6. Are you setting the lock bits correctly so as to at least make binary extraction more challenging. (However don’t get too cocky – see this site )

The list could go on – but I think you get the idea.

The engineering – marketing divide

Sunday, April 6th, 2014 Nigel Jones

We have all sat in surreal meetings with the sales and marketing folks. This video captures the dynamic perfectly (caution – you won’t know whether to laugh or cry):

The Expert Video

I actually have some sympathy for the marketing people portrayed here, as it must be very hard when you’re so far out of your depth. The person I can’t stand is the smarmy sales guy who’ll promise anything to make a sale, regardless of the consequences. I have to admit to having chewed out a few sales guys in my time that have pulled stunts like this one.

Anyway, I don’t have any particular insights on this other than to let you all know that you’re not alone when it comes to meetings like these.

2012 Explained – Toyota

Thursday, December 27th, 2012 Nigel Jones

Regular readers of this blog will no doubt have noticed the paltry number of articles posted by me this year. While there have been a number of contributing factors, one of the more significant has been Toyota. I have been part of the team that has spent a large part of 2012 examining the engine control module hardware and firmware for Toyota cars and light trucks in light of reports on unintended acceleration. Yesterday, a tentative settlement was announced in the class action lawsuit. Other litigation concerning personal injury is still pending. As a result of the pending litigation, together with various protective orders (confidentiality agreements) I can’t comment or provide any details. For those of you that are interested, here are some key links.

Settlement announced: Approximately 5pm EST on December 26th 2012

Statement by the plaintiffs.

Statement by Toyota.

Information about the settlement.

The proposed settlement

Update: The federal judge has given provisional approval to the settlement.

For a primer on Toyota’s engine control module, you can read the lengthy report published by NASA. Readers of this blog will find appendix A the most illuminating.

Anyway, it is my hope that I will be able to blog considerably more frequently in 2013.


Rabbit patches and embedded systems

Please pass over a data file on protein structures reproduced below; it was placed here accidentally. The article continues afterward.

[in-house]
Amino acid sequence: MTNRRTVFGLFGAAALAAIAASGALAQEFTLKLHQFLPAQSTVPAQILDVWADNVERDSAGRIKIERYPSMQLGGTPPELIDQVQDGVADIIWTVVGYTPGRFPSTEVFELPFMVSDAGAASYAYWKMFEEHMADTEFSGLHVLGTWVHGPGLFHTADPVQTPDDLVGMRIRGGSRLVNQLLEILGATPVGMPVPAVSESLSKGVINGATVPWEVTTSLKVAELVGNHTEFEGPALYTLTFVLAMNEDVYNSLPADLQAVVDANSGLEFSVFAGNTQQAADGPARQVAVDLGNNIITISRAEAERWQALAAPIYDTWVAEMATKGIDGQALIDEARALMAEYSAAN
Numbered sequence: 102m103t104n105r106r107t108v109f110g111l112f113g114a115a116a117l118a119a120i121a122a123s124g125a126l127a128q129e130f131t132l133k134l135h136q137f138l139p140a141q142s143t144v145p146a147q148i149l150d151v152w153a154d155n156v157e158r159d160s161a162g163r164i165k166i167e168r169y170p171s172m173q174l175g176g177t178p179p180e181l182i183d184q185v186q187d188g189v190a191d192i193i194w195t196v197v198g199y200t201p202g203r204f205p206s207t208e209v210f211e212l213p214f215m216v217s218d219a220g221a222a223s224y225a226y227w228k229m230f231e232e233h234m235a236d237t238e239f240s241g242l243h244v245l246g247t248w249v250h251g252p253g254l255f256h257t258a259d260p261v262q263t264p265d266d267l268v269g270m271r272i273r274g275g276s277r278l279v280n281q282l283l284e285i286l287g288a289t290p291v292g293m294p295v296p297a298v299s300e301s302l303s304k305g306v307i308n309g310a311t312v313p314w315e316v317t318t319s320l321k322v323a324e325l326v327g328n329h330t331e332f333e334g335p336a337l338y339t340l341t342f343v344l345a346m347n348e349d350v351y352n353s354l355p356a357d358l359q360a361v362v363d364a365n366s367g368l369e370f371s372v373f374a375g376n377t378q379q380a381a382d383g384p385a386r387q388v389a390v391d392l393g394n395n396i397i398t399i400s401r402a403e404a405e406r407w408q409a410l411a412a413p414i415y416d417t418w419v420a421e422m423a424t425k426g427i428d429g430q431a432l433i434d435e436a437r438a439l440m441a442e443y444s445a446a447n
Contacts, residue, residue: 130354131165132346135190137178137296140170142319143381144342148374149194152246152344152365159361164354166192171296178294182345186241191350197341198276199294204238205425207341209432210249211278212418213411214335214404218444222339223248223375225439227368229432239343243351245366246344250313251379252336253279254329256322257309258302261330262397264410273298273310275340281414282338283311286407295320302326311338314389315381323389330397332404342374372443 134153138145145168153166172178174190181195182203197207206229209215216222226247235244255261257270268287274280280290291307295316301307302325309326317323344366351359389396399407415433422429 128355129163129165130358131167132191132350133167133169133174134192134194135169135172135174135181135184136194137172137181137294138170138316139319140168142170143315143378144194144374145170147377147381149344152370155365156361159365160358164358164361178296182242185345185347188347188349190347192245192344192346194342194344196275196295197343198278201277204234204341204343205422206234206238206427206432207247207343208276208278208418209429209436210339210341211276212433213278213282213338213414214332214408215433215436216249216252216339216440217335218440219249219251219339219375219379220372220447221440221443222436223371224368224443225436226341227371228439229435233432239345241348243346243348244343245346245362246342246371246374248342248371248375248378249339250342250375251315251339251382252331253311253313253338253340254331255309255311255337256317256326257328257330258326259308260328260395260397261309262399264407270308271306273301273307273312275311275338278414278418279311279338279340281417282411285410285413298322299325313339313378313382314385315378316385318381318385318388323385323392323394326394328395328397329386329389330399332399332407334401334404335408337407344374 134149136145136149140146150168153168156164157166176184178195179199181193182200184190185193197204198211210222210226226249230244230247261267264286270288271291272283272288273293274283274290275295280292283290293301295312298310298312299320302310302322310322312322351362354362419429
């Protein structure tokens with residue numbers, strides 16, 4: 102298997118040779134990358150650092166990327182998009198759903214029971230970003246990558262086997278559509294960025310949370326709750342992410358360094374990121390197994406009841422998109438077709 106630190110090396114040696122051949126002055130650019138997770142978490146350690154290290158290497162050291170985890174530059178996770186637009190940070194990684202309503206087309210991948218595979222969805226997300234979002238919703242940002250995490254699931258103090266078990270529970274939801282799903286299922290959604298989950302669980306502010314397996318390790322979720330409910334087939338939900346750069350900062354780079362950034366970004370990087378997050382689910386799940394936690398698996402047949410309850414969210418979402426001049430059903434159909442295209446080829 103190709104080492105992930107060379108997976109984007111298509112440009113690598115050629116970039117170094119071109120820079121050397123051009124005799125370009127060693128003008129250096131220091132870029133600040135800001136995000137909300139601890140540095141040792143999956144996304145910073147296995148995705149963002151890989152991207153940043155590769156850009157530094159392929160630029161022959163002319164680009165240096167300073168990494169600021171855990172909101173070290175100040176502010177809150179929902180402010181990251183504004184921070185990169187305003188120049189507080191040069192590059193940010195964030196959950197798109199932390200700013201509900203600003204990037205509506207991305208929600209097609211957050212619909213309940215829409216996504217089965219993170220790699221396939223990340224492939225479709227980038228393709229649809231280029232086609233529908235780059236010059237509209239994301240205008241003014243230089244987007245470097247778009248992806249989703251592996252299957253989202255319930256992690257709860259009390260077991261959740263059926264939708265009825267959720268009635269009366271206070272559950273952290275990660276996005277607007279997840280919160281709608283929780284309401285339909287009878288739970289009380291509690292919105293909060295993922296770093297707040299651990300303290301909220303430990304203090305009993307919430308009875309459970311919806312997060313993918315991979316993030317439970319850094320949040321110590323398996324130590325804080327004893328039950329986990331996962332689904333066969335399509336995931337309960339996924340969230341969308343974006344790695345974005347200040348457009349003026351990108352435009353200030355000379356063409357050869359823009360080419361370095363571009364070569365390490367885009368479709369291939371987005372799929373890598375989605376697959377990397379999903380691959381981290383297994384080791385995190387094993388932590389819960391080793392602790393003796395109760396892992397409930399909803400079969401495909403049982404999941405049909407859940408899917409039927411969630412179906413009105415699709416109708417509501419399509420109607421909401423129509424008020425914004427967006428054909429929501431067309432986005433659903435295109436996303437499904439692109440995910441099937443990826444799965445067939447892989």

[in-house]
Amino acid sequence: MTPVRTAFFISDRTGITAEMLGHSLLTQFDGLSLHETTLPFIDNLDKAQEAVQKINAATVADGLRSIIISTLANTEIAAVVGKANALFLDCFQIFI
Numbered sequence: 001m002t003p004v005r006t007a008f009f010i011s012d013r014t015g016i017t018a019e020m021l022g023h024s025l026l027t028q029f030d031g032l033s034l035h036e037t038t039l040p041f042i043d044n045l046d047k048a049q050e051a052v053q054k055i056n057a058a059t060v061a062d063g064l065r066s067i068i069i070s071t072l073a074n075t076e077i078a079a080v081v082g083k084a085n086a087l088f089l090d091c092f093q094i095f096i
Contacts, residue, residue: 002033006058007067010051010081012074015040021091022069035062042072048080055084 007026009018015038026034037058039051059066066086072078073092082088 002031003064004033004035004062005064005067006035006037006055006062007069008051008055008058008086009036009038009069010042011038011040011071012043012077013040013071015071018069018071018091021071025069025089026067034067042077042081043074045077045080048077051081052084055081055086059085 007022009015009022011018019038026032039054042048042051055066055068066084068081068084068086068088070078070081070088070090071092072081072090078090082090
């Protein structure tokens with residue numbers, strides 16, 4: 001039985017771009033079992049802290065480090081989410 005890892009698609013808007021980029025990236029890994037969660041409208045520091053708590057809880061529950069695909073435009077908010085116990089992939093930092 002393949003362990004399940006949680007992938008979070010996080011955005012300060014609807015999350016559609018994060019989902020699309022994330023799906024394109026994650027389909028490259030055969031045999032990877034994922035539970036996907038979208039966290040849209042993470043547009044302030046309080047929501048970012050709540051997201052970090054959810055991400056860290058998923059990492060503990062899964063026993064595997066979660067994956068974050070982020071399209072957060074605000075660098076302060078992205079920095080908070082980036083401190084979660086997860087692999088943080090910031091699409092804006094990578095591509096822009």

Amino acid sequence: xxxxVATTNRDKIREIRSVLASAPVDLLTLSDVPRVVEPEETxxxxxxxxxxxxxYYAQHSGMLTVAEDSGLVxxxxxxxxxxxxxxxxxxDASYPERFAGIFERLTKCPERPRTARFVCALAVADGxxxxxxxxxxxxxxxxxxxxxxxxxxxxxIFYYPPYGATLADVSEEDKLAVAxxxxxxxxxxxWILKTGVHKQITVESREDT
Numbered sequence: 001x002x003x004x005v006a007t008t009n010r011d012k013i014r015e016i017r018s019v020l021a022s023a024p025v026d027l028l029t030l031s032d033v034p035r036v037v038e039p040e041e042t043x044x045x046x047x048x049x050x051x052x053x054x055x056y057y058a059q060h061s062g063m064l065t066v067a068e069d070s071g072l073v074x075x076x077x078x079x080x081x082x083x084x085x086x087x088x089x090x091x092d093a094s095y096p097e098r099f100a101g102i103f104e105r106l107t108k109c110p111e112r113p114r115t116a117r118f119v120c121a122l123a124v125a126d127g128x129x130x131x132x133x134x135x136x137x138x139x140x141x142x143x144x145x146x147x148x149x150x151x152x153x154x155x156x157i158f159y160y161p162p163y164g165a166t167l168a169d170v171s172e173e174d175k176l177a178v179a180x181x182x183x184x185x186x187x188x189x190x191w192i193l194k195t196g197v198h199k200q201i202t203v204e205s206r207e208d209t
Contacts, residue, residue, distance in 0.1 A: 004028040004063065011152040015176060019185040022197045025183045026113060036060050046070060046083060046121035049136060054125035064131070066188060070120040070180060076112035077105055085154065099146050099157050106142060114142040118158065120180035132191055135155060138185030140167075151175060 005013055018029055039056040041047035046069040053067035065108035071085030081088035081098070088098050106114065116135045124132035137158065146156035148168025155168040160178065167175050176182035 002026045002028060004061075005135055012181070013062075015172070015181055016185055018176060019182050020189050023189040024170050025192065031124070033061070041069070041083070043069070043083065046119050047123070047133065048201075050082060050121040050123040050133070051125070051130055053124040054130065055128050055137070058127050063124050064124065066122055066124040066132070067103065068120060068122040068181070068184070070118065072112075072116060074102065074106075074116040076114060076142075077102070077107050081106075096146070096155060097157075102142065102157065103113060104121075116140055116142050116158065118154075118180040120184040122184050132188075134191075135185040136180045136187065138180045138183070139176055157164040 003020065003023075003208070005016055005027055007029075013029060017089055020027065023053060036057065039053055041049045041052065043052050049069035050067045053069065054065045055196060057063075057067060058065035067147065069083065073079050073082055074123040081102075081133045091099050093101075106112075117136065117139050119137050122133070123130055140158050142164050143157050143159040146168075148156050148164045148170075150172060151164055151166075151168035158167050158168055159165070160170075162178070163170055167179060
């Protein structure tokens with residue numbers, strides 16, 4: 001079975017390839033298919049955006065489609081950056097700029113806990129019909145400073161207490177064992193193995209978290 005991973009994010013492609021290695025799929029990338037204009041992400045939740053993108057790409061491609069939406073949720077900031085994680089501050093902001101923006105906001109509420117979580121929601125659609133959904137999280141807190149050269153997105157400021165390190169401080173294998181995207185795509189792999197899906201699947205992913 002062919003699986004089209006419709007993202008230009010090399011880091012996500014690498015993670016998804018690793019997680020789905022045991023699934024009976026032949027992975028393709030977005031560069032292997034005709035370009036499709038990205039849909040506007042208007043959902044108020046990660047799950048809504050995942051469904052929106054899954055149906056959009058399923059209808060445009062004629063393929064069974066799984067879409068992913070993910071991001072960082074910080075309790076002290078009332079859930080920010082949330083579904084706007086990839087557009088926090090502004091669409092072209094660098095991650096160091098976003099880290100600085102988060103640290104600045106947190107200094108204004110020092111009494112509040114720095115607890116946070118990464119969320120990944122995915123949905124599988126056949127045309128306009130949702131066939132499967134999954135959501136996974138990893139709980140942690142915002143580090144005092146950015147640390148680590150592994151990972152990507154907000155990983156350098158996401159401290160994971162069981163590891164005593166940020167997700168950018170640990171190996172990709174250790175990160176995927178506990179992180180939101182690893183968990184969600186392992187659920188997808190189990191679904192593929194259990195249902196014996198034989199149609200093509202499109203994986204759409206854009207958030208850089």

Monday, August 29th, 2011 Nigel Jones

You may think from the title that I’m writing about Rabbit microprocessors – but no I’m actually intending to talk about bunnies. What you ask do rabbits have to do with embedded systems? Well read on and find out…

If you have ever had a vegetable garden then you will know that they are magnets for rabbits. Furthermore, you will soon find out that it takes extraordinary efforts to keep the rabbits out, as they have a tremendous ability to circumvent all sorts of fences.  When faced with such a problem, it is sometimes advisable to build a rabbit patch. The basic idea is this – you plant your garden and put a fence around it, and then on the outside of the fence you plant a second vegetable garden that is purely for the rabbits – i.e. a rabbit patch. The rabbits feed on the rabbit patch and leave your real garden alone because they would have to exert effort to get to it – and they don’t need to as their needs are satiated by the rabbit patch.

So what has this to do with embedded systems? Well let me describe a scenario to you that is almost certainly all too familiar to anyone that has been doing this for a few years.

It’s dog and pony show time and marketing is coming to pronounce judgement on your latest creation. Now if you are fortunate, the folks in marketing are a pleasure to work with. However from time to time, you run into someone who is incapable of attending a dog and pony show without offering criticisms / complaints. (I’m talking about the sort of person who would have criticized Michelangelo’s David at its unveiling). When faced with such an individual, I have found that the answer is to build the embedded system’s equivalent of a rabbit patch. It works like this. You intentionally put into the demonstration something that obviously isn’t quite right. Come time for the dog and pony show, the complainer latches on to the ‘problem’, and proceeds to explain in detail why it is wrong. You sit there and graciously accept the pearls of wisdom dispensed to you. You can then proceed to the meat of the presentation and get some useful work done.  The meeting ends and our protagonist walks away happy – and you have managed to actually have a useful and productive meeting. Naturally the fix to the ‘problem’ is a flick of a compilation switch.

So now you know what a rabbit patch is. I encourage you to use it sparingly. I also encourage you to watch out for it being used on you! I have sat in on a couple of presentations where I’m pretty sure a rabbit patch has been deployed. Fortunately I’m also pretty sure the rabbit patch wasn’t for my benefit…

On a personal note, I’m expecting to return to my normal blogging schedule. The long awaited hardware test may actually make an appearance soon.